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Veronika Dudarova’s 101st Birthday ()
Veronika Dudarova’s 101st Birthday Date: December 5, 2017 In today’s Doodle, Google-hued lights shine on a group of musicians led by Veronika Dudarova, the first Russian woman to conduct an orchestra. Born in 1916, Dudarova spent her formative years studying piano and musicology in the company of some of Russia’s most renowned musical talents. In 1947, she graduated from the Moscow Conservatory, joining the Moscow State Symphony Orchestra as a junior conductor. She spent 13 years in that role before taking over as principal conductor in 1960. In 1991, Dudarova formed the Symphony Orchestra of Russia, which she led until 2003. One of the very few female conductors in the world, Dudarova holds the Guinness World Record as the only woman to lead a major symphony orchestra for more than 50 years. During her career, she won the State Russian Music Award, was named the People’s Artist of the USSR, and even had a minor planet named after her.  On what would’ve been Dudarova’s 101st birthday, we honor the conductor’s dramatic style as she leads the Google letters in a passionate, homepage-worthy performance. Location: Russia Tags: Birthday, Art, Music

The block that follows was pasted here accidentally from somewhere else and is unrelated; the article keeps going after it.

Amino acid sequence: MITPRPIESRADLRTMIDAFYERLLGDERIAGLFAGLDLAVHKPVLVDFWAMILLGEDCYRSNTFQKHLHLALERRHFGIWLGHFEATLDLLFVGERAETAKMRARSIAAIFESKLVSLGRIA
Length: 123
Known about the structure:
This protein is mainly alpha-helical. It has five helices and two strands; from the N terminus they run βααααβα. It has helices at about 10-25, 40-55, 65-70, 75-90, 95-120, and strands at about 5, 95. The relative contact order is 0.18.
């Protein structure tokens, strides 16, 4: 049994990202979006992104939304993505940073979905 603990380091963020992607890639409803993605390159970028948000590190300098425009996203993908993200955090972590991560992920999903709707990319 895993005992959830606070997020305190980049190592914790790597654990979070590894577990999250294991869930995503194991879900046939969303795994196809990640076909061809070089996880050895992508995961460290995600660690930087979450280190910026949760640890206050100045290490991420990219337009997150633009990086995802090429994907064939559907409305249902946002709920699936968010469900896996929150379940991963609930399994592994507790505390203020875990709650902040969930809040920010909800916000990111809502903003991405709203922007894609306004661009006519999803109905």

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Father's Day 2017 (Thailand) ()
Father's Day 2017 (Thailand) Date: December 5, 2017 Location: Thailand Tags:
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Celebrating 50 years of Kids Coding ()